How Lunchtime Can Boost Academic Performance & Retention

For most students, adolescence is an uncomfortable time. As students enter their secondary school years—that is, middle school through high school—each day and experience lays the foundation for a lifetime of socialization and learning. From evolving educational expectations to hitting puberty, adolescents regularly deal with sudden and significant changes.

While trying to meet new academic standards, they’re also juggling big emotions and social situations they may not fully understand. Through all these changes, a sense of belonging among their peers could be the key to better academic performance, enrollment retention, and improved mental health.

Studies show that student sense of belonging tends to decrease through middle school and high school, but it doesn’t need to be that way. In fact, there’s a surprising opportunity for schools to create connections and foster a sense of belonging with students, and it’s already part of their schedules: lunchtime.

Loving Lunchtime Feeds Belonging

A 2021 study from Brigham Young University found a strong connection between middle school students who reported loving lunchtime and a positive sense of belonging at school. In particular, participation in activities with peers during lunch was the greatest predictor of feeling like they belonged.

Data from Brigham Young University study, “Lunchtime Experiences and Students’ Sense of Belonging in Middle School”

Get Students Engaged

In addition to establishing the connection between feelings of belonging and actively participating in lunchtime activities, the study indicated there likely isn’t a one-size-fits-all solution. Providing students with occasional structured lunchtime activities can especially help students who feel isolated or are socially struggling. Here are a few ways your cafeteria’s dining strategy can support student connection and encourage stronger enrollment retention.

Lunchtime Club Meet-ups

Organized clubs are a great way for students with similar interests to connect with each other and grow their social circle. There’s an excellent opportunity for dining programs to connect with the teachers sponsoring school- or student-run clubs for special “catered” lunches for these meet-ups.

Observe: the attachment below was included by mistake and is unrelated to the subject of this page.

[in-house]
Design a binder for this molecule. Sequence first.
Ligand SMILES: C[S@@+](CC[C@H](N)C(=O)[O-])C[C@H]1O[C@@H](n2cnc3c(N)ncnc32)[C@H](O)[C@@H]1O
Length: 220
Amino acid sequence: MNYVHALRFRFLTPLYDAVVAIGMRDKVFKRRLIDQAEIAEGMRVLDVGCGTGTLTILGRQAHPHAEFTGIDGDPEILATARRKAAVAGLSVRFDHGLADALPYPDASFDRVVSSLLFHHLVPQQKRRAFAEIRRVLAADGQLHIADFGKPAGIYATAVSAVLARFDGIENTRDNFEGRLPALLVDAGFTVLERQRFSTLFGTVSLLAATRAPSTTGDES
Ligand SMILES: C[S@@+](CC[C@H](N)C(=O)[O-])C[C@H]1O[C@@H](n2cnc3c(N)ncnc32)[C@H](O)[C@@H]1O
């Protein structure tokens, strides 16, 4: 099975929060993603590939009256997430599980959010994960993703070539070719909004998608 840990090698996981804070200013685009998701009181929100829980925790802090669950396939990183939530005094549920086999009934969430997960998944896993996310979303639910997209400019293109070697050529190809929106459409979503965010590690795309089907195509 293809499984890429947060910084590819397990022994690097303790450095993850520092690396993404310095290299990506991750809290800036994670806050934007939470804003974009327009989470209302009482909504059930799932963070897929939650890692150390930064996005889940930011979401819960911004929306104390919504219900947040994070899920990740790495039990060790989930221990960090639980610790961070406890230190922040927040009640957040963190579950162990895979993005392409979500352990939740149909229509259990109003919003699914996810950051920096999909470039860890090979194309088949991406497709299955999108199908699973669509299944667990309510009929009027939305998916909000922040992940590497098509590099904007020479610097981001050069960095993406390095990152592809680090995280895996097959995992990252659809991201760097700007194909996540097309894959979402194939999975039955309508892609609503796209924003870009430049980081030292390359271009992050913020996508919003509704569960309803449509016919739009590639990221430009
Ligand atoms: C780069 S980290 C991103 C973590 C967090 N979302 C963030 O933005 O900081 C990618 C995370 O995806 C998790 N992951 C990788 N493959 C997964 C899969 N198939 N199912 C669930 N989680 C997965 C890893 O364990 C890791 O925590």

Bring in Special Vendors

Students—especially adolescent students—can see even the most dynamic school cafeteria menu as “just school food.” To keep them engaged and excited about lunchtime, consider partnering with an outside vendor. In warmer months, think about hosting an outdoor ice cream social by bringing an ice cream truck to the school. Or, think about partnering with a popular local eatery for a Friday lunch special.

Timely Themed Lunches

There are infinite options to engage with what students are interested in most. It could be breakfast for lunch on National Pancake Day, some Boba Fett-uccine for May the 4th, or a special food or drink item celebrating an upcoming movie, show, or video game release. Not only do themed lunch days keep students excited about school lunches, but the collective interest in pop culture-themed days can help them identify and engage with other students with similar interests.

A student showing off her cake after participating in the Nailed It Cake Decorating contest.

Serve Up Socialization

Unstructured time is important for student development, especially as a break during the heavily structured school day. That said, providing students with the opportunity to engage in special lunchtime activities could, over time, boost their opinion of lunchtime and increase their sense of belonging.

Is this seat taken?

We’d love the chance to sit at your lunch table. Let’s talk about creative dining opportunities that’ll excite your students.

Recent & Relevant